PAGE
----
Not me, it seems. My draft manuscript languishes on my desk, sending out silent but poignant messages every time I pass by. One loyal follower even reminded me I’m two days late with my post.
So what’s keeping me (and I assume, many of us) from plodding on, from doing what defines us, from the activity that gives us our identity?
Let me count the ways.
It’s harvest time here in the northern hemisphere. Bags of sweet local carrots and Walla Walla onions begging to be turned into delicious carrot-cilantro soup. Bunches of fresh fragrant basil and local Red Russian garlic waiting to become pesto. Sweet red Okanagan peppers, tiny zucchini and Heirloom tomatoes reminding me of my favorite recipe for Gazpacho. And then there are the salads. Organic red butter lettuce from Granville Market, farm-fresh Arugula from Richmond, all conspiring to keep me away from my manuscript.
It’s not that I hate all that fresh produce arriving at the markets. In fact I love it. For years before I became a writer my favorite pastime during non-working hours was using the bounty of summer harvest in countless ways. I preserved, I pickled, I juiced and jammed.
My latest venture is making peach preserve (not jam). I use it in the dressing for my favorite salad, arugula, sliced peaches, chopped roasted almonds, maybe a few slivers of mild goat cheese. If anyone wants the recipe, just ask.
But I digress. Let’s get back to distractions.
In addition to dicing and slicing summer’s gifts, there is planning for our upcoming trip to Europe. To visit cities steeped in histories that beckon research. On my desk at present, in addition to my favorite cookbooks (Chez Panisse, Thomas Keller, John Bishop), are 14 library books: St.Petersburg, the Hermitage, Amsterdam, Stockholm, Helsinki, Oslo, Estonia, Latvia, Lithuania. It’s fun. It takes time.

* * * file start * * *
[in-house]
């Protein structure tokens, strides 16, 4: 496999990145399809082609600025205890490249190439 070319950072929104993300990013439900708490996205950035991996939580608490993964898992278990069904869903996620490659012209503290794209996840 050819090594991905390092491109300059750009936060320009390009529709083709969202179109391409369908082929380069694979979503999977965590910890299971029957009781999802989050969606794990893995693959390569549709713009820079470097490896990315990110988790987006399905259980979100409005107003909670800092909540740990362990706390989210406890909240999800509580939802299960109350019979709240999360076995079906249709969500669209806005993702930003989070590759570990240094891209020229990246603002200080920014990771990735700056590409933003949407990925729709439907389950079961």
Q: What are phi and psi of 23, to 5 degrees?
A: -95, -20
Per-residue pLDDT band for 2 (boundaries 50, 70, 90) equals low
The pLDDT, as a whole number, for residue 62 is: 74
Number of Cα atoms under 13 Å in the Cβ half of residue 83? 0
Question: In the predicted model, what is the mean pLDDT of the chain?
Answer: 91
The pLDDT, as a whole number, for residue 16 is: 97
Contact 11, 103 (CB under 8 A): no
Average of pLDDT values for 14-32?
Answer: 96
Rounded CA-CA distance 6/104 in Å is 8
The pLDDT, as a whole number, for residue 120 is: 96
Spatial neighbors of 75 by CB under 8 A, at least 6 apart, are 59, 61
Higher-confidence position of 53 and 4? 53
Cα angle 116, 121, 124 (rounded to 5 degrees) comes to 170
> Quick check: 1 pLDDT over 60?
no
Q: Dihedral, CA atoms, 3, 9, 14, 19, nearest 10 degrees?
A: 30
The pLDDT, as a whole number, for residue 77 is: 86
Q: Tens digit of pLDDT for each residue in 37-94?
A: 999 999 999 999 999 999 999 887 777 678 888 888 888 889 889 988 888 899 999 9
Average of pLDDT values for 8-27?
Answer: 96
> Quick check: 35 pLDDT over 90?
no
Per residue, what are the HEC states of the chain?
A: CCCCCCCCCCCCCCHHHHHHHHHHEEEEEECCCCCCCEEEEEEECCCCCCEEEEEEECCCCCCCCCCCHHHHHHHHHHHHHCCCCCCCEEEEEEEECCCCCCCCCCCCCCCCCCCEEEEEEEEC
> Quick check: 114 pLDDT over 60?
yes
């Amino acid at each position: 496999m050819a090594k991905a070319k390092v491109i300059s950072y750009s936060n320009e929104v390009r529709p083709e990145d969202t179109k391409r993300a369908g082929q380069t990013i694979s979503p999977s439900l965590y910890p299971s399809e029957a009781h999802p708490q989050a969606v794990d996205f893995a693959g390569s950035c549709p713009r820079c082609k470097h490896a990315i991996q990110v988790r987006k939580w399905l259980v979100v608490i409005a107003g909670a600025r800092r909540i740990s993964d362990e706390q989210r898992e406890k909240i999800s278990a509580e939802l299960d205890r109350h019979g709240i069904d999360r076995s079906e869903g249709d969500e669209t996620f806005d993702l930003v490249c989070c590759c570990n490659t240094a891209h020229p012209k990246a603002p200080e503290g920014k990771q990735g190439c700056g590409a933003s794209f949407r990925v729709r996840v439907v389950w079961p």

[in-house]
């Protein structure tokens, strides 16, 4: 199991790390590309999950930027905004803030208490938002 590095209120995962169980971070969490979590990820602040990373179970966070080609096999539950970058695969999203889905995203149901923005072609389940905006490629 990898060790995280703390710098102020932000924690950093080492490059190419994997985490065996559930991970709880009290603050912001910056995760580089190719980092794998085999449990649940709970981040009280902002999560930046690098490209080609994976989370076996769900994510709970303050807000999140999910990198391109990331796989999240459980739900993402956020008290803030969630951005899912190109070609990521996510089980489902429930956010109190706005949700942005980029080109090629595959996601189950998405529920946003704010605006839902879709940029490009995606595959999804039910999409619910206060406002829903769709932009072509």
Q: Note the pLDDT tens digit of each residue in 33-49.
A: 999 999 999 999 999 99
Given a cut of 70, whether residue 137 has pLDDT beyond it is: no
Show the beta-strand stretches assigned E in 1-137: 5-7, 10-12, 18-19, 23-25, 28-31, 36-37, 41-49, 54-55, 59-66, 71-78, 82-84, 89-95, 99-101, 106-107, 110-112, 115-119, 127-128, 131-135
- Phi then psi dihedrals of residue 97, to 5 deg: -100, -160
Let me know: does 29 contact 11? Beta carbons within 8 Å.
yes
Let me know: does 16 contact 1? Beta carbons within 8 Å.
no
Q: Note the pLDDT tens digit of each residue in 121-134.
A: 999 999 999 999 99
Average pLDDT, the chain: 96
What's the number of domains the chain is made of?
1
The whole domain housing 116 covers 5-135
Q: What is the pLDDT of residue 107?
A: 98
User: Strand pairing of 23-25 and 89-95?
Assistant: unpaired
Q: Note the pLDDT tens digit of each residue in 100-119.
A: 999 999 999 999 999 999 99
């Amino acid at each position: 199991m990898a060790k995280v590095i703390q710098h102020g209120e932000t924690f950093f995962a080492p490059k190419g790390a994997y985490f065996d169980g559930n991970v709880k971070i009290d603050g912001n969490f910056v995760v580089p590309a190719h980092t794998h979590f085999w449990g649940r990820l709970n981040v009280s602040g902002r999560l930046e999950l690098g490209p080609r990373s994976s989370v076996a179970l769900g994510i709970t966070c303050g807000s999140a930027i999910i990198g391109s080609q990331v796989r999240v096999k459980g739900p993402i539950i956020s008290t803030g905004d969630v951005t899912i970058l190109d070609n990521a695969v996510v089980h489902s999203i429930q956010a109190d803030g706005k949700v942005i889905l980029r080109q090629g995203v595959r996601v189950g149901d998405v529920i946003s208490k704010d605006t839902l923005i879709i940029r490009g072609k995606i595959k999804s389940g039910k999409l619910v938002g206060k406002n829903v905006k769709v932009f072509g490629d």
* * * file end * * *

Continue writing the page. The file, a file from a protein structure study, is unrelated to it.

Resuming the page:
And my manuscript sits and waits.
Excuses? Absolutely. I realize that serious and successful writers do not take breaks from writing. Some of them even write on Christmas Day! (I believe that’s Stephen King, though he is probably not doing that any more since his books sold over 350 million copies). Does that mean I am not a serious writer? Or do some writers simply and plainly also need to take an occasional break? I would love to hear your views on that.
I do make a valiant effort though. I take my computer on the porch and start writing below the sunbrella. Good intention, poor execution: the glare of the screen makes me squint, even wearing polarized sunglasses. Still, I persist. Maybe for half an hour or so. I look above and beyond the screen as my mind conjures how I can improve that last scene in the story. But what I see disrupts my creative flow: A multitude of nasty weeds and other signs of neglect in the garden. After some moments of dismay and feelings of guilt, a brilliant idea strikes. Why not pull weeds while I construct my next chapter in my head? I get up to find my garden gloves. One good thing leads to the next, one genius idea begets another: Delegate. The weeding, not the writing. Instead of going to the gym, wouldn’t it be more productive to use your energy for working in the garden? I ask my better half. He has little choice but agree.
And I finally can get back to my writing. The pesto is in the freezer, a huge bowl of spicy Gazpacho rests in the fridge, and the only thing still to do is go to the farm for fresh blueberries and sweet corn (I’m told that I make a killer cream of corn soup, courtesy of Alice Waters).
Getting back to my writing is perhaps not quite accurate. Rewriting, more like it. Digesting my writing partners’ advice from our recent Whistler Village retreat. And there is much to digest and mull over. I had no idea how much I can do (no, have to) if I want my story to shine. Use more dialogue. Don’t let the author speak. Keep your characters in motion, (and emotion), explain complex issues in dialogue and simplify the plot. My writing buddies gave me a huge gift with their honest feedback. Tons of margin notes showing what I have to change, all offered with sincerity to help me turn my story into something worthy of publication.
So that’s what I do whenever I can resist the lure of summer. Come September, I will continue my actual writing from where I left off. Until then, I will follow Margaret Atwood’s Golden Rule:
“Revise a lot. Cut a lot. Weed out the unnecessary and the obvious. The waste-paper basket is The Tenth Muse.”